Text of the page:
Monthly Archives: June 2011

Performance and the image

By Zubeida Mustafa
Source: Dawn

A CORPS commanders’ conference held recently in Islamabad noted that some quarters are trying to deliberately “run down the armed forces”. What the generals found to be most disconcerting was that this “slandering” would hurt its image.

Coming soon after three events in quick succession — the Raymond Davis fiasco, the sting operation in Abbottabad and the PNS Mehran siege — the commanders’ statement is intriguing. It appears that those who head our armed forces draw a clear line between image and performance, as though the former is not created by the latter. ISPR is responsible for creating the shining image that is supposed to help.
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5 Comments | Posted in Defence and Disarmament, Politics |

Pakistan through a journalist’s lens

Reviewed by Zubeida Mustafa
Source: Dawn

PAKISTAN has been described as a dangerous country for journalists. Since January 2010, 15 journalists have lost their lives here. But more than that, it is not a country easy to write about. So riddled is it with contradictions and so strong are the emotions it evokes that a writer must have superhuman capacity to be dispassionate and write without social, political and ethnic biases.
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Leave a comment | Posted in Book Reviews |

Book Review: Tyranny of Language in Education

tyranny-of-language-in-education-large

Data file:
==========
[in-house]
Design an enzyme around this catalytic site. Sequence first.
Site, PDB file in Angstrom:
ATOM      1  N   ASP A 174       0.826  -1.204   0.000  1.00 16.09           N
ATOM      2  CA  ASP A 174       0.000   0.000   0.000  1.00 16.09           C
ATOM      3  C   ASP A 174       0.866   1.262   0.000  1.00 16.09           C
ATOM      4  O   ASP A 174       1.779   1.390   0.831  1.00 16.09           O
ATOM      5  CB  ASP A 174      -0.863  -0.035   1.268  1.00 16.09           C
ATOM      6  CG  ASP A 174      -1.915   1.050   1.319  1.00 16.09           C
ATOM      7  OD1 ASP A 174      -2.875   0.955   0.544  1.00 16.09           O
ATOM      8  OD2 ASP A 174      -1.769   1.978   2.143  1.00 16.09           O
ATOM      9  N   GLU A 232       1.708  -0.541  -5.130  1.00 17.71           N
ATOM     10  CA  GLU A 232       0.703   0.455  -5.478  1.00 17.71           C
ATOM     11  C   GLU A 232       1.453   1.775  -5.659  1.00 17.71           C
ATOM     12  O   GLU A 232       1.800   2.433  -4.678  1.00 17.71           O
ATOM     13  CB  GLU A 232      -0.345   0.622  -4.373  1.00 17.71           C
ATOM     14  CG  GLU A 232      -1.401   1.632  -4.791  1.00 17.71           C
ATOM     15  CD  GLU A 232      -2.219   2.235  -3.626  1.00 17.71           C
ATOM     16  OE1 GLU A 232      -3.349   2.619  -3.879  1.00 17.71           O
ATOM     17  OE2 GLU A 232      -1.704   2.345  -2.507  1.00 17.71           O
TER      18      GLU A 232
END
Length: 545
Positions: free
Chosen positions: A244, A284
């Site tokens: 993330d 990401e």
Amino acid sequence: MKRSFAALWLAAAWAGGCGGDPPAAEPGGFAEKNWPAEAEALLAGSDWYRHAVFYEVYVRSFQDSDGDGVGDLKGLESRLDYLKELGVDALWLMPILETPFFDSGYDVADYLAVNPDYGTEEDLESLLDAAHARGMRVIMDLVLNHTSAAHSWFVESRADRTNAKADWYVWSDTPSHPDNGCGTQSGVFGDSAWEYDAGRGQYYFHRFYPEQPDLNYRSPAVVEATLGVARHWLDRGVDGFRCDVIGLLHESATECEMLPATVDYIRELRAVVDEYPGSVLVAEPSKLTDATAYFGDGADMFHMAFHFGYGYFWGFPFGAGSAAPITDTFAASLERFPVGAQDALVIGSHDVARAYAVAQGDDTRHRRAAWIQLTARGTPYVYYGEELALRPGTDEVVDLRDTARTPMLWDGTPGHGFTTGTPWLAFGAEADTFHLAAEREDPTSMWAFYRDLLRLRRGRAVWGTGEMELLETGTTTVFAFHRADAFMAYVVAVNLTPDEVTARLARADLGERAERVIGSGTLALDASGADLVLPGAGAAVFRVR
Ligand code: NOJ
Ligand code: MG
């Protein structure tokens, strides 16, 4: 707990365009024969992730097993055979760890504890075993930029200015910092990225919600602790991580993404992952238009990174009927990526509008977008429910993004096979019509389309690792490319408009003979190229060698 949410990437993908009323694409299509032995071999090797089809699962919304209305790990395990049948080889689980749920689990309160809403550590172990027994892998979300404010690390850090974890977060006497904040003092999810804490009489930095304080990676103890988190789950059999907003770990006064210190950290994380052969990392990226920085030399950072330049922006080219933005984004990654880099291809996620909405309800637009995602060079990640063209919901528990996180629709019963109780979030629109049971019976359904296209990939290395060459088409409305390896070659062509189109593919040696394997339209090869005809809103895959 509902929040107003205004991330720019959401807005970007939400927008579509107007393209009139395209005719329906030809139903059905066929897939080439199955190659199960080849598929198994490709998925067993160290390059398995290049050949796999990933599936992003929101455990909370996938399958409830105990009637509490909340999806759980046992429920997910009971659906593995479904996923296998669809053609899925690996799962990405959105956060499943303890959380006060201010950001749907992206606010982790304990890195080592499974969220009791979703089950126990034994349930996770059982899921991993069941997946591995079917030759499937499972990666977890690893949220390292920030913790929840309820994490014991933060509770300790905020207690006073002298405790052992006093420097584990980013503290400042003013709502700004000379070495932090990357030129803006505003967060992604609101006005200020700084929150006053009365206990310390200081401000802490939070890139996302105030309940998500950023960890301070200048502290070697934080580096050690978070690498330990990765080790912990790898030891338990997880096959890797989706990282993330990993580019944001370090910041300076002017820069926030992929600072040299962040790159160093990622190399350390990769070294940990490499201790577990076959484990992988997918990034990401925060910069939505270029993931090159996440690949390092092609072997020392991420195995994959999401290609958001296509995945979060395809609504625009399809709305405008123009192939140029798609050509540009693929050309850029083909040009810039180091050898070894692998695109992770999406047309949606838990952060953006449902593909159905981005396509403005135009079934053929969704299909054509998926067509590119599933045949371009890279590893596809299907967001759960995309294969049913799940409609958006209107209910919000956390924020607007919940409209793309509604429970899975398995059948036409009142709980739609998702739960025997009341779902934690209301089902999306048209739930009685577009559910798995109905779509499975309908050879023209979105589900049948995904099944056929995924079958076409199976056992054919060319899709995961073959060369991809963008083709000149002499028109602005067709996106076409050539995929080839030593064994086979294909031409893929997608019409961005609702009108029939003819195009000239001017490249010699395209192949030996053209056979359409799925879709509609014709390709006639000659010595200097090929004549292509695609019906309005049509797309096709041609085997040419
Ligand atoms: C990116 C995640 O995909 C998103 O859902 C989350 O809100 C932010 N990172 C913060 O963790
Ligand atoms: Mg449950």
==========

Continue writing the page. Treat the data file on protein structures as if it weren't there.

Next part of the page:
By Zohra Yusuf

The Language Divide

When the Bengali language movement started, leading to the killing of students on February 21, 1952, no one – and certainly not the establishment in West Pakistan – thought that in the second decade of the 21st century, this date would begin to be commemorated by the UN as International Mother’s Language Day. Bengalis have been known to be passionate about their mother tongue. But apart from the passion, perhaps they realised early on that language is an instrument of power and control. Consequently, they rejected vociferously, Governor-General Jinnah’s decision to make ‘only Urdu’ the national language of Pakistan. It’s also worth noting that Sheikh Mujibur Rahman, the founding father of Bangladesh, experienced his first arrest at the hands of Pakistani authorities when, as a student, he led a protest following Jinnah’s ill-conceived public speech in Dhaka.

Well-known journalist and a former senior editor of Dawn, Zubeida Mustafa, studies the linkage between economic and political power and language in considerable depth in her recently published book, Tyranny of Language in Education. Urdu in Pakistan was promoted as a unifying force by the early policy makers, at the expense of the rich diversity the country possesses. As the author notes:

“Man’s speech and language ability have not per se proved to be a challenge for the unity and solidarity of a nation. It is the social and political dimensions of language and its implications for the acquisition of political power that have given rise to phenomena such as linguistic nationalism, linguistic imperialism and linguistic chauvinism. Since ethnic groups also tend to be divided along linguistic lines, ethnic conflicts also have linguistic dimensions.”

Those living in Sindh would certainly agree with the author’s assessment. The province has seen many conflicts related to language, which a deeper analysis would show to have had roots in various ethnic groups’ quest for political power.

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Leave a comment | Posted in Book Reviews, Language |